Residents of Carriage Hills undoubtedly prize their substantial homes on large well-kept lots and enjoy generally lightly-traveled streets and the privacy and quiet location of most residences. As said before, many houses have expansive views.

Still, as Commissioner Bristow pointed out, Carriage Hills also marked the changing landscape of Carbon Canyon and Chino Hills generally, as being one of the first (if not the first) subdivisions to spark protests about the future direction of the city and the transformation of the Canyon, which has lately become a much bigger issue.

In all fairness to the folks in Carriage Hills, however, it must be pointed out that, in the late 1980s, when work began there, most of Chino Hills did not exist and Carbon Canyon Road was lightly traveled and was not, for some years to come, the freeway alternate to Orange County that it now is.

One could make a strong argument that whatever might be said about ridgelines and views, which are very legitimate concerns (even under extremely lax, if not non-existent, county development standards), Carriage Hills was hardly the threat to the viability of the Canyon that development from this point forward will be.

There is only so much traffic the road can handle, only so much infrastructure demands that can be placed, only so much more rapidly disappearing open space that can be lost. Rather than blaming Carriage Hills residents for being concerned about new development 20 years after its creation, when standards and practices of planning have changed greatly, Planning Commission and City Council members ought to be far less concerned about perceived NIMBYism and more focused on how much more future development the Canyon can take.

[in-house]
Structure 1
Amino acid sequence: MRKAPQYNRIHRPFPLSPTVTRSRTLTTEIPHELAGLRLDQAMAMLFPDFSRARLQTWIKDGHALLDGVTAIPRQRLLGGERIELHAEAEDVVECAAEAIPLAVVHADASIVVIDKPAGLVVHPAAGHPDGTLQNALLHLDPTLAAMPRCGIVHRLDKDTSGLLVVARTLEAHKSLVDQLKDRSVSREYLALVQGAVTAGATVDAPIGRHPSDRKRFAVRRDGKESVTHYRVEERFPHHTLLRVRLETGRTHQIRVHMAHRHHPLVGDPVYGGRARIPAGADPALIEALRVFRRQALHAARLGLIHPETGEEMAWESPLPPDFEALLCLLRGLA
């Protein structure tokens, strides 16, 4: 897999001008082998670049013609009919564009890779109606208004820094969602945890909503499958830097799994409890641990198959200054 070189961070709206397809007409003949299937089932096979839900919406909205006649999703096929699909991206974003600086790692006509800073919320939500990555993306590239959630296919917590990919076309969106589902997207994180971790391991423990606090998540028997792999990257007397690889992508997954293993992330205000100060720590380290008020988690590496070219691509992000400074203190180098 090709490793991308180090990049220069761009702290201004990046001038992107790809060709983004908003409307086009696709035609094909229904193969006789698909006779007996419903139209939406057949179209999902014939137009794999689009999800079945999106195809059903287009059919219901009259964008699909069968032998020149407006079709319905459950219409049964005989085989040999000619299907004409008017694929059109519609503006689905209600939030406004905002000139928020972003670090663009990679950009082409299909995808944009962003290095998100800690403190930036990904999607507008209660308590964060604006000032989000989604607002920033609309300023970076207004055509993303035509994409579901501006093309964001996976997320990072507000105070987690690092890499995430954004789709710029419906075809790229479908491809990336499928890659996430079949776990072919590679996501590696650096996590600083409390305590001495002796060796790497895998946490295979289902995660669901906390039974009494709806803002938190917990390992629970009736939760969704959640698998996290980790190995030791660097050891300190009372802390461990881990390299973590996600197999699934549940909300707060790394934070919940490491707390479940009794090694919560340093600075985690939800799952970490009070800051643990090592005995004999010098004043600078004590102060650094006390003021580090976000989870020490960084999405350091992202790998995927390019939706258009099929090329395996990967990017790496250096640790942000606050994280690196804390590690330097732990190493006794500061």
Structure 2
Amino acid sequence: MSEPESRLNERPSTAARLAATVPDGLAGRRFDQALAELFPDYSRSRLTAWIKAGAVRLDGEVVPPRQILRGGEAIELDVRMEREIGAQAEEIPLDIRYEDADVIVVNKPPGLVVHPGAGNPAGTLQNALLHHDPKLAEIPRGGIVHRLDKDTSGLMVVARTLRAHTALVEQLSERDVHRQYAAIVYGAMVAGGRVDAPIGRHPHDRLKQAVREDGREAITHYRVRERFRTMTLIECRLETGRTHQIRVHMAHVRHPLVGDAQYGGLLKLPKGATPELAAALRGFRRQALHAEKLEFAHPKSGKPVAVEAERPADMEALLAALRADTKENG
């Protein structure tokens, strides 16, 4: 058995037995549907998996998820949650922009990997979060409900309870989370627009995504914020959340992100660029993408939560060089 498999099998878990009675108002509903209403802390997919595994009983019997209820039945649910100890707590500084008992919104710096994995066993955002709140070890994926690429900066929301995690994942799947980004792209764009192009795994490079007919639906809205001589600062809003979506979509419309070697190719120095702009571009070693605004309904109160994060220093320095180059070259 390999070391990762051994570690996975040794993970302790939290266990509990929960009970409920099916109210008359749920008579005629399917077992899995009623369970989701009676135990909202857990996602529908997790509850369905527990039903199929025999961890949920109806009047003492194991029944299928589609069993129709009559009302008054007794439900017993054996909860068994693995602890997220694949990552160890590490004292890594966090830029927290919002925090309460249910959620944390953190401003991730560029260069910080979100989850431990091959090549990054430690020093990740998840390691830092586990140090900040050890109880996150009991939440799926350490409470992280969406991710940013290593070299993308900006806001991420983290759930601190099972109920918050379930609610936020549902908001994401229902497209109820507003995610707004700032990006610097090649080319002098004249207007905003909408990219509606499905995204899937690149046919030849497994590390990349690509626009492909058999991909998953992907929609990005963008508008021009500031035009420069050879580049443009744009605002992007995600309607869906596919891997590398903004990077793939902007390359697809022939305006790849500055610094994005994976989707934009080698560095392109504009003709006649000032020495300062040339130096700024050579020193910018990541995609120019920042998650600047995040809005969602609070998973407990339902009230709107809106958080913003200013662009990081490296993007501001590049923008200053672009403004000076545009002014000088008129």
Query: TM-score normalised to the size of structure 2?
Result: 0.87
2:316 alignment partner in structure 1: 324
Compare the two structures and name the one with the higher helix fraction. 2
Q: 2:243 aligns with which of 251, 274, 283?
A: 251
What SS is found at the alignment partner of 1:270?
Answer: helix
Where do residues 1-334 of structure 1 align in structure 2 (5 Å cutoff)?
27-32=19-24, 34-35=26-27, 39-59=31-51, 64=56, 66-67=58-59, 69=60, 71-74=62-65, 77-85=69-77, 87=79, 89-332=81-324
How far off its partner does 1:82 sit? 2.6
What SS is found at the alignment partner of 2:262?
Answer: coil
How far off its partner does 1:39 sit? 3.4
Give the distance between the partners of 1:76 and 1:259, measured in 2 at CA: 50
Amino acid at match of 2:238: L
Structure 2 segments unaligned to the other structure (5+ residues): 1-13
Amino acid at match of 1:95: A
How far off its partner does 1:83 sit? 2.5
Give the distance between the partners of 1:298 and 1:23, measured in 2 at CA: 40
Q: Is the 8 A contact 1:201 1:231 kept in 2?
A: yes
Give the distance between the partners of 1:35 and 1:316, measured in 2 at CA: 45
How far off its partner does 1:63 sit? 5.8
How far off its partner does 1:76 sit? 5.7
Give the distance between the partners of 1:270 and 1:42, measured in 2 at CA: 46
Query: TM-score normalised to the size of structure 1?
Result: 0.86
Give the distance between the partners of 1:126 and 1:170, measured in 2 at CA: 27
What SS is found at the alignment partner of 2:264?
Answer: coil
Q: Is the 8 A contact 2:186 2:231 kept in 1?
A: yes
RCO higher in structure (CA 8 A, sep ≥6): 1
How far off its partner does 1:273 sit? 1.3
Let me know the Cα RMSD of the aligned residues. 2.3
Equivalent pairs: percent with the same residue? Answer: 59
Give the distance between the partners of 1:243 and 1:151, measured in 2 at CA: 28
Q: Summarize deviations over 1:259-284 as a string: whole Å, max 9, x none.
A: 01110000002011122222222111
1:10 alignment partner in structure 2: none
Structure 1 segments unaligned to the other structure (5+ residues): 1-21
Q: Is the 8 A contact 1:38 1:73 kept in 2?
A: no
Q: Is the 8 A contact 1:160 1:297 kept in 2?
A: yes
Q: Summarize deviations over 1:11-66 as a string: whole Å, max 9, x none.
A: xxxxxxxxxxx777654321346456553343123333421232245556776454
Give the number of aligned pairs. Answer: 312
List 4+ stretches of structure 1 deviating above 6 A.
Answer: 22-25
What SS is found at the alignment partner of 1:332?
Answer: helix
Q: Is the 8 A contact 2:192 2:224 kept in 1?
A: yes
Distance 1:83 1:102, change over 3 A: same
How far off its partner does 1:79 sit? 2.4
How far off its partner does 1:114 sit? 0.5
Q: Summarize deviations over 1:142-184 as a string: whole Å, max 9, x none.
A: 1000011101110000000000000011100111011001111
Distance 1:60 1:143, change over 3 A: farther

Carriage Hills and all of its forbears are here to stay and that cannot be changed, but something could still be done about future development, if not by law than at least from sentiment. In other words, city leaders could be more forthright about the undeniable effects of more houses and do what can be done with the limited powers of mitigation available to them, even if stopping projects is legally not possible. That, however, is a debate about CEQA powers that might be better saved for another post.

Residents of Carriage Hills should not have to feel guilty for being concerned about future Carbon Canyon development when their community was approved a quarter-century ago, a whole different era in planning and development.

2 comments:

Anonymous said...

Paul, I came across your blog by chance a few months ago. From time to time I have read it and would like to let you know I truly enjoy your deep insight to the history of Carbon Canyon. I love the beautiful pictures of nature that you post on your blog, especially the ones that date back to so many decades ago. I look forward to reading future articles! - G.B.

Paul said...

Hello G.B., thanks for the very nice comment and glad that you have found the blog. I haven't had as much time to devote to it in the last several months, but please come back often and see what is new.